1. Creatine monohydrate was not shown to improve or worsen clinical outcomes of Parkinson disease over a 5-year follow-up period.
2. No significant differences in benefits, adverse effects, laboratory values, or BMI were detected in the creatine group when compared to placebo.
Evidence Rating Level: 1 (Excellent)
Study Rundown: Parkinson disease is a progressive neurodegenerative disorder with symptoms including slowed movement, tremors, muscle rigidity, and eventually depression and dementia. Current treatments offer symptomatic relief but have never been demonstrated to slow progression or result in cure. In 2001, the National Institute of Neurological Disorders and Stroke (NINDS) created the NINDS Exploratory Trials in Parkinson Disease program and tasked the program with evaluating potential medications that may slow the progression of the disease. This program selected creatine monohydrate for long-term evaluation based on the hypothesis that 5 years of creatine may slow the progression of Parkinson disease by 1 year.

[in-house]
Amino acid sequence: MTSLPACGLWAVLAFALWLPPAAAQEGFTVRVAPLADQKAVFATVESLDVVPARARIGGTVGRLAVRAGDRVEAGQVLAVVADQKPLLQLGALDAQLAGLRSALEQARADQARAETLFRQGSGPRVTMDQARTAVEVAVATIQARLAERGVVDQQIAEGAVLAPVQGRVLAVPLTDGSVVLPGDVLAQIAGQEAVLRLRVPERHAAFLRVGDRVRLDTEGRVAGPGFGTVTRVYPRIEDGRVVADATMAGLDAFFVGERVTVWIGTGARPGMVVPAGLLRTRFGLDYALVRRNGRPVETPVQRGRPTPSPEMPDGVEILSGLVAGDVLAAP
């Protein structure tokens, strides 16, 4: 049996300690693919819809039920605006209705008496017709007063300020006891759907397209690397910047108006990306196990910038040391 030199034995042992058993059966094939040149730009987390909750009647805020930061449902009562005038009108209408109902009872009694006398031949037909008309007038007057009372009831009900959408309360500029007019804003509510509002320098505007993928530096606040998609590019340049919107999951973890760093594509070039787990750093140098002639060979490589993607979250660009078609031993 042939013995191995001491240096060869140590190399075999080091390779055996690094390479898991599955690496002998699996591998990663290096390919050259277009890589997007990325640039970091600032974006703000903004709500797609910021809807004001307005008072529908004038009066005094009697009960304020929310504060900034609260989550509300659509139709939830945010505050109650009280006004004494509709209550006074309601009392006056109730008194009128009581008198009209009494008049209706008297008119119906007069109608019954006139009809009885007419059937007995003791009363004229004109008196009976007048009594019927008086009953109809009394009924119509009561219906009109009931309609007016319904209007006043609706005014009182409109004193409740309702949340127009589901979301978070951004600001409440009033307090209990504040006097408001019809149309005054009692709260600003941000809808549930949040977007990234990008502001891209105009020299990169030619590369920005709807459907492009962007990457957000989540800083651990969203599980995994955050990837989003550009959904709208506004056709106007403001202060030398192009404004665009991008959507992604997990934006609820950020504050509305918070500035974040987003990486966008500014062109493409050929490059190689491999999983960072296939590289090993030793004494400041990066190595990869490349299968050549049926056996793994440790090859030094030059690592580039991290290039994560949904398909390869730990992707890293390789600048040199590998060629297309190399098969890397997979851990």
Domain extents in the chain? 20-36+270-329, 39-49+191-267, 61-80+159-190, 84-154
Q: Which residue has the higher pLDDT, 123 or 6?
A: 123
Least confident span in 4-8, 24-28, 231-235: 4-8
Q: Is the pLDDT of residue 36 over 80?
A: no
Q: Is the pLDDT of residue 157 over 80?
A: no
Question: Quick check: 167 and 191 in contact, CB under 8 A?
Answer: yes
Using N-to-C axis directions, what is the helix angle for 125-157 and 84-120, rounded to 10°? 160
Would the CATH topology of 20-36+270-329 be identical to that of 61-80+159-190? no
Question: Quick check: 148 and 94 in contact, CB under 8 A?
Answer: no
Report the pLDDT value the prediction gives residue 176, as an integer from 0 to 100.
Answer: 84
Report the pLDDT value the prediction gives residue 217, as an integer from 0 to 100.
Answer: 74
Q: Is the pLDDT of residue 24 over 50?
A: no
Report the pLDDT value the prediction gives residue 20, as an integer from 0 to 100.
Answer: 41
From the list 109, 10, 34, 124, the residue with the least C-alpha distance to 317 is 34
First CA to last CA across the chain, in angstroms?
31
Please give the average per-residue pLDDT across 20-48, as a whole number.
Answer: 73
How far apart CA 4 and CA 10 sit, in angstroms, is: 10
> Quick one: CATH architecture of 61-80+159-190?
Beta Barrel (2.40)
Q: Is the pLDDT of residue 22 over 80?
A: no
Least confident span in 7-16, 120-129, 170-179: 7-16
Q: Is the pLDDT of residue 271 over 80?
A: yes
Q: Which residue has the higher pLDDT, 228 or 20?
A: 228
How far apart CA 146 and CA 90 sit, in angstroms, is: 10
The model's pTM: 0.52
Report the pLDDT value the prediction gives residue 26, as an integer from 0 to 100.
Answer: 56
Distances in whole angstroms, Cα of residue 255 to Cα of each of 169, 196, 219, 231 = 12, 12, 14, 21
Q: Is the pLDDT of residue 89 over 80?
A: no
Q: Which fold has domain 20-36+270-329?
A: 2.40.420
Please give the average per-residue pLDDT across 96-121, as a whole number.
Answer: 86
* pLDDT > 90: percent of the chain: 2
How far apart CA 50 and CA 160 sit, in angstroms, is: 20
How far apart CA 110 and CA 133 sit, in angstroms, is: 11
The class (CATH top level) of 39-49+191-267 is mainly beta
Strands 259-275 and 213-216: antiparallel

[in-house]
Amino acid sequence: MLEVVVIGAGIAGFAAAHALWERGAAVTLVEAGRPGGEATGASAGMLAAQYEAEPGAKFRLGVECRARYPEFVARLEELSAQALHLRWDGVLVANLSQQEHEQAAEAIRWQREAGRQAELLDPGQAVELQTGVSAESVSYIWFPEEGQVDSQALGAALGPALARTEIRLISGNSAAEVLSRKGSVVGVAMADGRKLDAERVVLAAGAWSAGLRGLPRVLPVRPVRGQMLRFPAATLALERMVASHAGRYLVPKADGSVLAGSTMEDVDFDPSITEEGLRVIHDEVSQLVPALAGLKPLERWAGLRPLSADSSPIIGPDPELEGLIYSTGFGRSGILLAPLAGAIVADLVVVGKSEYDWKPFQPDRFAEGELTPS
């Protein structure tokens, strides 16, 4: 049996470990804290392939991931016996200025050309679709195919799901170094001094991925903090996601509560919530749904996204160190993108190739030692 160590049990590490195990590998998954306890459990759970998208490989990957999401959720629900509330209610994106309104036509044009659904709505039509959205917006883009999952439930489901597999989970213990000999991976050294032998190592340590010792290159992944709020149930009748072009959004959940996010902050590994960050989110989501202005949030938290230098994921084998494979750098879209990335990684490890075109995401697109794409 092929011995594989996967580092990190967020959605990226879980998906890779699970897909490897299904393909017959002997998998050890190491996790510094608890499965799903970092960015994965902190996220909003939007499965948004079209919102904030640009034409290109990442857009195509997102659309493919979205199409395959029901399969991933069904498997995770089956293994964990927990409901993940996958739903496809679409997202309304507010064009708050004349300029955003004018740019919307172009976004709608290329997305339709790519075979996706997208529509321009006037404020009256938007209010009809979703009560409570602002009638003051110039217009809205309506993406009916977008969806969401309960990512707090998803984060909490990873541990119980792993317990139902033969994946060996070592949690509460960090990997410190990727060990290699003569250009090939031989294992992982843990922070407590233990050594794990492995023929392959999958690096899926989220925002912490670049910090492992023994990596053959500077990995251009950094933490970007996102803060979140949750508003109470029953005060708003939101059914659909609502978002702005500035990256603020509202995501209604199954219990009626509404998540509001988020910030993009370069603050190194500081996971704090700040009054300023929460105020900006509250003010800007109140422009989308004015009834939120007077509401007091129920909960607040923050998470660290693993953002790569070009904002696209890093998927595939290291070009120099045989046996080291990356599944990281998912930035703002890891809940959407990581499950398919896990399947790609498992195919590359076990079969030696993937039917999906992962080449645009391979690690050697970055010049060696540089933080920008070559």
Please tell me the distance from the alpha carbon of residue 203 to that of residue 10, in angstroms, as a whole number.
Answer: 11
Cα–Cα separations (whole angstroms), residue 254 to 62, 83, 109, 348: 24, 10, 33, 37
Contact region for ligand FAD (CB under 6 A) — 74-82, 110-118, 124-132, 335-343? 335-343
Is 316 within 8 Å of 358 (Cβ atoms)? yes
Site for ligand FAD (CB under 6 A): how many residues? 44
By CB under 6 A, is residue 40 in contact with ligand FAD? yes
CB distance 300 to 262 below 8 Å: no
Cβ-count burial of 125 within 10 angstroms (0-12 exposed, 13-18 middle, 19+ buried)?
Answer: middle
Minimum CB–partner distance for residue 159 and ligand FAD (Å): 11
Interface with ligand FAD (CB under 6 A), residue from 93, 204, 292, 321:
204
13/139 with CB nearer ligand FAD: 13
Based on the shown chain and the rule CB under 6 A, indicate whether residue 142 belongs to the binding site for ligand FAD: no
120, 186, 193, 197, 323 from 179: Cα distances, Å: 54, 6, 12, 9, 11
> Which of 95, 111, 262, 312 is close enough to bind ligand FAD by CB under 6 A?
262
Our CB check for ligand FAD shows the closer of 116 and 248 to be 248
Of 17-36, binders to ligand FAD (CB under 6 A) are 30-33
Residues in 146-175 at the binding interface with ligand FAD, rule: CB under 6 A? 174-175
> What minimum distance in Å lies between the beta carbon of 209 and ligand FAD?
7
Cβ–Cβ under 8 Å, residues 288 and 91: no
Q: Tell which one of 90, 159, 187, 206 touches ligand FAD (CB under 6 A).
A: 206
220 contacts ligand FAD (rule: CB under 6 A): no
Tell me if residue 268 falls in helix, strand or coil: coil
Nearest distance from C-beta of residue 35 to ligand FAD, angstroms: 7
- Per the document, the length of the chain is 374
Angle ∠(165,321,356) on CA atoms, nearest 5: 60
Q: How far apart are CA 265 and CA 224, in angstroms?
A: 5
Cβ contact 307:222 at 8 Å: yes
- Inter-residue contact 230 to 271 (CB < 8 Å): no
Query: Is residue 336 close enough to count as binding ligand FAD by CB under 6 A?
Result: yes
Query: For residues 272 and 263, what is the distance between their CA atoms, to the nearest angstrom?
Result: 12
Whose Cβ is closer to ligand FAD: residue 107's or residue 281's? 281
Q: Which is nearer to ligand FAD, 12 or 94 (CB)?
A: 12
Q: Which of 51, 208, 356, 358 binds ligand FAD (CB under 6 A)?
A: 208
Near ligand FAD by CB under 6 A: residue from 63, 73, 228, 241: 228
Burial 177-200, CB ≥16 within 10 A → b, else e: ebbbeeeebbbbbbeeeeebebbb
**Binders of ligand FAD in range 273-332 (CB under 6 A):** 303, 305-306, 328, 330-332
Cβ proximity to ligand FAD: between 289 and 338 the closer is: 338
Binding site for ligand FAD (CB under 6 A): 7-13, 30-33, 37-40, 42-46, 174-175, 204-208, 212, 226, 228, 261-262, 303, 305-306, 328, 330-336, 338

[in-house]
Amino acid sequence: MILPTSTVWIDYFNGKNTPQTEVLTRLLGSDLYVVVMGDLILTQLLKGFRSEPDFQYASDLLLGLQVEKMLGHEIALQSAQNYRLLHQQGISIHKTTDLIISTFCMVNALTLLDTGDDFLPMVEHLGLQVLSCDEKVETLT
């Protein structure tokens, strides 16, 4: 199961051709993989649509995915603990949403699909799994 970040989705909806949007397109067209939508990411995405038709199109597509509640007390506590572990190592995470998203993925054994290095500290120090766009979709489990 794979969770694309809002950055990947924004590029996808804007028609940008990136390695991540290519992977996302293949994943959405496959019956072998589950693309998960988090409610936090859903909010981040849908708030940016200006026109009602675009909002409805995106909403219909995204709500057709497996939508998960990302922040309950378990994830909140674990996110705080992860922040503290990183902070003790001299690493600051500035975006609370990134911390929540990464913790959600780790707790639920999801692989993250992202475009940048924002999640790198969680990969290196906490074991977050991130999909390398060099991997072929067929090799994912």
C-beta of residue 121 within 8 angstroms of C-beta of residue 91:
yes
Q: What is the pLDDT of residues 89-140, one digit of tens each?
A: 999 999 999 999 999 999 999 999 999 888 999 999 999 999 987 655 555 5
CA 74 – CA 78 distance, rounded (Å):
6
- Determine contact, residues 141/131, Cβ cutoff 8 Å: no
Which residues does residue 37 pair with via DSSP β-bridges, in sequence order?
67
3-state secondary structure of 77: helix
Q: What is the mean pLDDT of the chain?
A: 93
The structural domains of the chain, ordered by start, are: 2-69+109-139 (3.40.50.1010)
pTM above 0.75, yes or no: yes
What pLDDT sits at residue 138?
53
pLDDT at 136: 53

This study found that, among patients with early Parkinson disease receiving dopaminergic treatment, creatine monohydrate neither improved nor worsened clinical progression of the disease over 5 years. Strengths of this study include the double-blind, placebo-controlled, randomized design as well as the ability to retain 76% of the original 1,741 participants. Limitations include the participant’s concurrent use of other Parkinson disease treatments that may have confounded results in the study groups. Overall, this study does not demonstrate results that support the use of creatine monohydrate supplementation in patients with early Parkinson disease.
In-Depth [randomized controlled trial]: This study involved a total of 1,741 patients. Inclusion criteria included diagnosis of Parkinson disease within the last five years and prior dopaminergic therapy use greater than 90 days but less than 2 years duration. Participants in both groups were allowed to continue other prescribed Parkinson drugs throughout the trial. At 5 years, 1,328 patients remained under observation. Median follow-up time was 4 years. About 76% of the 878 creatine patients and 77% of the placebo patients remained in the study as of 2013. The mean of summed ranks for placebo was 2,360 (95%CI 2249-2470) and the mean of summed ranks for creatine was 2,414 (95%CI 2304-2524), with worse outcomes indicated by higher summed ranks. There was no identifiable benefit or harm attributable to creatine at study termination (p=0.45). No significant difference in deaths occurred in either treatment group (n=44 creatine, n=36 placebo). No significant changes in BMI or other laboratory values were detected over time.
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